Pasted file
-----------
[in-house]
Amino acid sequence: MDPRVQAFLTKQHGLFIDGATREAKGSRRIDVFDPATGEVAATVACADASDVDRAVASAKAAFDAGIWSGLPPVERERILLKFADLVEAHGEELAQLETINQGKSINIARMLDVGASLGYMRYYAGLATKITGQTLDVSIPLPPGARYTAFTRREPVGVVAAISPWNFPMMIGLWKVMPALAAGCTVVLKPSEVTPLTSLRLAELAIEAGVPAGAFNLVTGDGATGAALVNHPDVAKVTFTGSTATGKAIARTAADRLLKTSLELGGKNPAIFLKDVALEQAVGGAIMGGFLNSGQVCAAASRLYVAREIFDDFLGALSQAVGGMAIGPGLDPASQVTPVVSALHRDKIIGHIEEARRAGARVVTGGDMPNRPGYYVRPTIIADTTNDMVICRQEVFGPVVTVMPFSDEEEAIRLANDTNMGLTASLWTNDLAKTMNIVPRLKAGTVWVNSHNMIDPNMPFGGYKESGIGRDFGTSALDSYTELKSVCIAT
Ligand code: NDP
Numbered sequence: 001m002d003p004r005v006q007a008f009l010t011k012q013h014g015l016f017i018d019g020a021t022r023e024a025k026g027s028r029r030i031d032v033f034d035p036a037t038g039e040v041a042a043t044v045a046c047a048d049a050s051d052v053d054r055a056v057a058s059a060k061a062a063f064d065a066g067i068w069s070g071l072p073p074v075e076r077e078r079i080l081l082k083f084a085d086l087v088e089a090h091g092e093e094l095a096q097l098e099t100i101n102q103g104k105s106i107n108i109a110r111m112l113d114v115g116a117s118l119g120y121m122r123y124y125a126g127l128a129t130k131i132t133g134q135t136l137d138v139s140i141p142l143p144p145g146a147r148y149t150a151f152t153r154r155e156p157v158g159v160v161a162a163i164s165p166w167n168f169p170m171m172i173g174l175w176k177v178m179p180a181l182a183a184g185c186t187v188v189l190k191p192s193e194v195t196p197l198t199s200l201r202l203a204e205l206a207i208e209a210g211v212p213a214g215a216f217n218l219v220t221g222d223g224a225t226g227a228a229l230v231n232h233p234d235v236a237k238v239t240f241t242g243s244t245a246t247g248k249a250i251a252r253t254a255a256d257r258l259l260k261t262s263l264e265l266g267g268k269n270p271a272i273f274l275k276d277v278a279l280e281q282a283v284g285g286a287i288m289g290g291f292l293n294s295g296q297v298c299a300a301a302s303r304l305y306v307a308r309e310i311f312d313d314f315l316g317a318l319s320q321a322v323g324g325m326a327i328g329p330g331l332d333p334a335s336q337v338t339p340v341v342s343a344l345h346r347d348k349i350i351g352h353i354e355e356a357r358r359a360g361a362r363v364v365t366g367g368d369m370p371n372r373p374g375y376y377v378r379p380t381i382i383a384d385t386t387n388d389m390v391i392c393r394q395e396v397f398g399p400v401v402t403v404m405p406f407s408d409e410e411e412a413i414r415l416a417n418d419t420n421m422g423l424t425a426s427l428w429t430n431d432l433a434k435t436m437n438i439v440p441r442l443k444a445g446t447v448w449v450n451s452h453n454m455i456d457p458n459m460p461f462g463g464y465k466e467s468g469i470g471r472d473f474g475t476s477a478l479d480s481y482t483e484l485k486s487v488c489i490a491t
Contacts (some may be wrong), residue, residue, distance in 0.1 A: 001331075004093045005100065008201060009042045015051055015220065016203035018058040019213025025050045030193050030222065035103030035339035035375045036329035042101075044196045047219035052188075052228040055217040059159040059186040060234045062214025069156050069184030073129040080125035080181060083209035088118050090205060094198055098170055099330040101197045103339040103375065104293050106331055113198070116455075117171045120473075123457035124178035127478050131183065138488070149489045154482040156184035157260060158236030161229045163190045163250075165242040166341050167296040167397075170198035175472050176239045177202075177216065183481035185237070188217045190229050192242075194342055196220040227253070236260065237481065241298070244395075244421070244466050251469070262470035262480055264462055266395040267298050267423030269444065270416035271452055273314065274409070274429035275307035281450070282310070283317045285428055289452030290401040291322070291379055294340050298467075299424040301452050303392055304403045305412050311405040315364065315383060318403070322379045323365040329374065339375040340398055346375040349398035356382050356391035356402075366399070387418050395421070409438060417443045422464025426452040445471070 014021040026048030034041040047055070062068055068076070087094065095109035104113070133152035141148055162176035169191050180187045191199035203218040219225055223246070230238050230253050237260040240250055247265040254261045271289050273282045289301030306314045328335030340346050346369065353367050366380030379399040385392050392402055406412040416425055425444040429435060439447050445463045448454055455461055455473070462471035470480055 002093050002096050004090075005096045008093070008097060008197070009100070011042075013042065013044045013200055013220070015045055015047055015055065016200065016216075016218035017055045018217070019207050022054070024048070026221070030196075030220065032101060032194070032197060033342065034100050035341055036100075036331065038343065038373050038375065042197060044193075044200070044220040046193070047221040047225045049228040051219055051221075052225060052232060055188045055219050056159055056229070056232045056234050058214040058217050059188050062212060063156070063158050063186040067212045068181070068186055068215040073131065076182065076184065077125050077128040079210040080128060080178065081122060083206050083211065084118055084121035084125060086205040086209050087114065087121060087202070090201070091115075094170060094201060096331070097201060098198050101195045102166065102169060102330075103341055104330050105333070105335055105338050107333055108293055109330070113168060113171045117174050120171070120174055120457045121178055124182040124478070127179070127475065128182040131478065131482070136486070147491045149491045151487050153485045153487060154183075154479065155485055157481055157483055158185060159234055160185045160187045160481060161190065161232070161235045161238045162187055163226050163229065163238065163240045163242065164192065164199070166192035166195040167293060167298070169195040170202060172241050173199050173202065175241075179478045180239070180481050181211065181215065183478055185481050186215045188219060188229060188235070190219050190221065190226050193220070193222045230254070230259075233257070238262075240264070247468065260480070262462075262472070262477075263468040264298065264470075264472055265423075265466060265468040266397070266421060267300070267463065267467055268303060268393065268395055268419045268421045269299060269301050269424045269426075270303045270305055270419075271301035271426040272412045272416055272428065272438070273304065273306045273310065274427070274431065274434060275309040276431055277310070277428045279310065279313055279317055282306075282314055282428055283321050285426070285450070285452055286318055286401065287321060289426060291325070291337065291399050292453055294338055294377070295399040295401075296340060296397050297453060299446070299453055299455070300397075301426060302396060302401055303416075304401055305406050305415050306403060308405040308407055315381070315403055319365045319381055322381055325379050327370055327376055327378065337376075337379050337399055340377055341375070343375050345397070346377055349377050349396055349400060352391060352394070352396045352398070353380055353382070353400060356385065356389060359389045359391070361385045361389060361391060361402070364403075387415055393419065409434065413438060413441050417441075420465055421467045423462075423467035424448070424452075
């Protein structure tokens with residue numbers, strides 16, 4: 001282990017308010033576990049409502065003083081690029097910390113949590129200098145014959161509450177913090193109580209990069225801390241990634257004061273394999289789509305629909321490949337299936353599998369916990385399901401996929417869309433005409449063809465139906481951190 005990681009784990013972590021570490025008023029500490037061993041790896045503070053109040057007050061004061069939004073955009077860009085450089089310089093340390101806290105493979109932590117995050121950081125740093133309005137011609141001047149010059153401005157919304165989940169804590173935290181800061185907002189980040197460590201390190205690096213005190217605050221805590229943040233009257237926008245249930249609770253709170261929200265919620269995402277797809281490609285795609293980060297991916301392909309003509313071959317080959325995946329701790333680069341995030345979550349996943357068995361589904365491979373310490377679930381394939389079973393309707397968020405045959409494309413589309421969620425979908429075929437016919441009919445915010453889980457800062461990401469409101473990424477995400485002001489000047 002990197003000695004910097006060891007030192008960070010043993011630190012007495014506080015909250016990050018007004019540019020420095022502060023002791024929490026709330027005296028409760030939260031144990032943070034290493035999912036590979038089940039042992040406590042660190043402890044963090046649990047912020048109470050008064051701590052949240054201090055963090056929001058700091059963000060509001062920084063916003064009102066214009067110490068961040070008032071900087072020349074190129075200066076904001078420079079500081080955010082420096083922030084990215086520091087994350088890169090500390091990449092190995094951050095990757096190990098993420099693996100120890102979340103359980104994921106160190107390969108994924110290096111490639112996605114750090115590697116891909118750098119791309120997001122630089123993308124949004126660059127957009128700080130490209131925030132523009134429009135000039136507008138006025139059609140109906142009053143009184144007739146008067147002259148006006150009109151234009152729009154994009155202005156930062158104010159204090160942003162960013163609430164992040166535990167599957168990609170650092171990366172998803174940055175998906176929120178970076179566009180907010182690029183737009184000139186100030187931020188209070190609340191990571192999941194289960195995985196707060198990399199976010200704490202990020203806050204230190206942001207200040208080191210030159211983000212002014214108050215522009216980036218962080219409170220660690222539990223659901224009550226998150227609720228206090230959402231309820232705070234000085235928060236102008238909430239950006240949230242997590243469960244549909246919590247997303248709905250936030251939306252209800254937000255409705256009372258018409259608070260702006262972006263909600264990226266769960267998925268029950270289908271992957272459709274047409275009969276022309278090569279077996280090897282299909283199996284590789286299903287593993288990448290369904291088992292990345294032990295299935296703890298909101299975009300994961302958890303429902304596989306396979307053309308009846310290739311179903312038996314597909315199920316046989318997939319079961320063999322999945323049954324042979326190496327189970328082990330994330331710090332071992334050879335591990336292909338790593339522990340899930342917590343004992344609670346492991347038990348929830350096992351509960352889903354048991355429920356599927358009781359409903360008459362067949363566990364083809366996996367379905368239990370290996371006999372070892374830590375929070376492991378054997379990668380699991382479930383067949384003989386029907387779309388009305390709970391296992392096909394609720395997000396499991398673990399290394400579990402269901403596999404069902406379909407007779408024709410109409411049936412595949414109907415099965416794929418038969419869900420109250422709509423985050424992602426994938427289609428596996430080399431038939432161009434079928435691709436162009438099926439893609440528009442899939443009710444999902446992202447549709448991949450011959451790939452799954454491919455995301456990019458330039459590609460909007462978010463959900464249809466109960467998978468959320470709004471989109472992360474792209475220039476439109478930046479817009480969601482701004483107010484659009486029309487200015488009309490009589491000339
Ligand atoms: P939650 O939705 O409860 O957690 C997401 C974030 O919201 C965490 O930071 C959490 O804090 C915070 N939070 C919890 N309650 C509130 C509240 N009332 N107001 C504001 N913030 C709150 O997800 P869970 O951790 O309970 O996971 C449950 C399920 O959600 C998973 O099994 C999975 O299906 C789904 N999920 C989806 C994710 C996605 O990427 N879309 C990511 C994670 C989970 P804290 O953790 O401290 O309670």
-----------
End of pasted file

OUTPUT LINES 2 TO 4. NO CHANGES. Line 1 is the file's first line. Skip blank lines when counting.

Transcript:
Amino acid sequence: MDPRVQAFLTKQHGLFIDGATREAKGSRRIDVFDPATGEVAATVACADASDVDRAVASAKAAFDAGIWSGLPPVERERILLKFADLVEAHGEELAQLETINQGKSINIARMLDVGASLGYMRYYAGLATKITGQTLDVSIPLPPGARYTAFTRREPVGVVAAISPWNFPMMIGLWKVMPALAAGCTVVLKPSEVTPLTSLRLAELAIEAGVPAGAFNLVTGDGATGAALVNHPDVAKVTFTGSTATGKAIARTAADRLLKTSLELGGKNPAIFLKDVALEQAVGGAIMGGFLNSGQVCAAASRLYVAREIFDDFLGALSQAVGGMAIGPGLDPASQVTPVVSALHRDKIIGHIEEARRAGARVVTGGDMPNRPGYYVRPTIIADTTNDMVICRQEVFGPVVTVMPFSDEEEAIRLANDTNMGLTASLWTNDLAKTMNIVPRLKAGTVWVNSHNMIDPNMPFGGYKESGIGRDFGTSALDSYTELKSVCIAT
Ligand code: NDP
Numbered sequence: 001m002d003p004r005v006q007a008f009l010t011k012q013h014g015l016f017i018d019g020a021t022r023e024a025k026g027s028r029r030i031d032v033f034d035p036a037t038g039e040v041a042a043t044v045a046c047a048d049a050s051d052v053d054r055a056v057a058s059a060k061a062a063f064d065a066g067i068w069s070g071l072p073p074v075e076r077e078r079i080l081l082k083f084a085d086l087v088e089a090h091g092e093e094l095a096q097l098e099t100i101n102q103g104k105s106i107n108i109a110r111m112l113d114v115g116a117s118l119g120y121m122r123y124y125a126g127l128a129t130k131i132t133g134q135t136l137d138v139s140i141p142l143p144p145g146a147r148y149t150a151f152t153r154r155e156p157v158g159v160v161a162a163i164s165p166w167n168f169p170m171m172i173g174l175w176k177v178m179p180a181l182a183a184g185c186t187v188v189l190k191p192s193e194v195t196p197l198t199s200l201r202l203a204e205l206a207i208e209a210g211v212p213a214g215a216f217n218l219v220t221g222d223g224a225t226g227a228a229l230v231n232h233p234d235v236a237k238v239t240f241t242g243s244t245a246t247g248k249a250i251a252r253t254a255a256d257r258l259l260k261t262s263l264e265l266g267g268k269n270p271a272i273f274l275k276d277v278a279l280e281q282a283v284g285g286a287i288m289g290g291f292l293n294s295g296q297v298c299a300a301a302s303r304l305y306v307a308r309e310i311f312d313d314f315l316g317a318l319s320q321a322v323g324g325m326a327i328g329p330g331l332d333p334a335s336q337v338t339p340v341v342s343a344l345h346r347d348k349i350i351g352h353i354e355e356a357r358r359a360g361a362r363v364v365t366g367g368d369m370p371n372r373p374g375y376y377v378r379p380t381i382i383a384d385t386t387n388d389m390v391i392c393r394q395e396v397f398g399p400v401v402t403v404m405p406f407s408d409e410e411e412a413i414r415l416a417n418d419t420n421m422g423l424t425a426s427l428w429t430n431d432l433a434k435t436m437n438i439v440p441r442l443k444a445g446t447v448w449v450n451s452h453n454m455i456d457p458n459m460p461f462g463g464y465k466e467s468g469i470g471r472d473f474g475t476s477a478l479d480s481y482t483e484l485k486s487v488c489i490a491t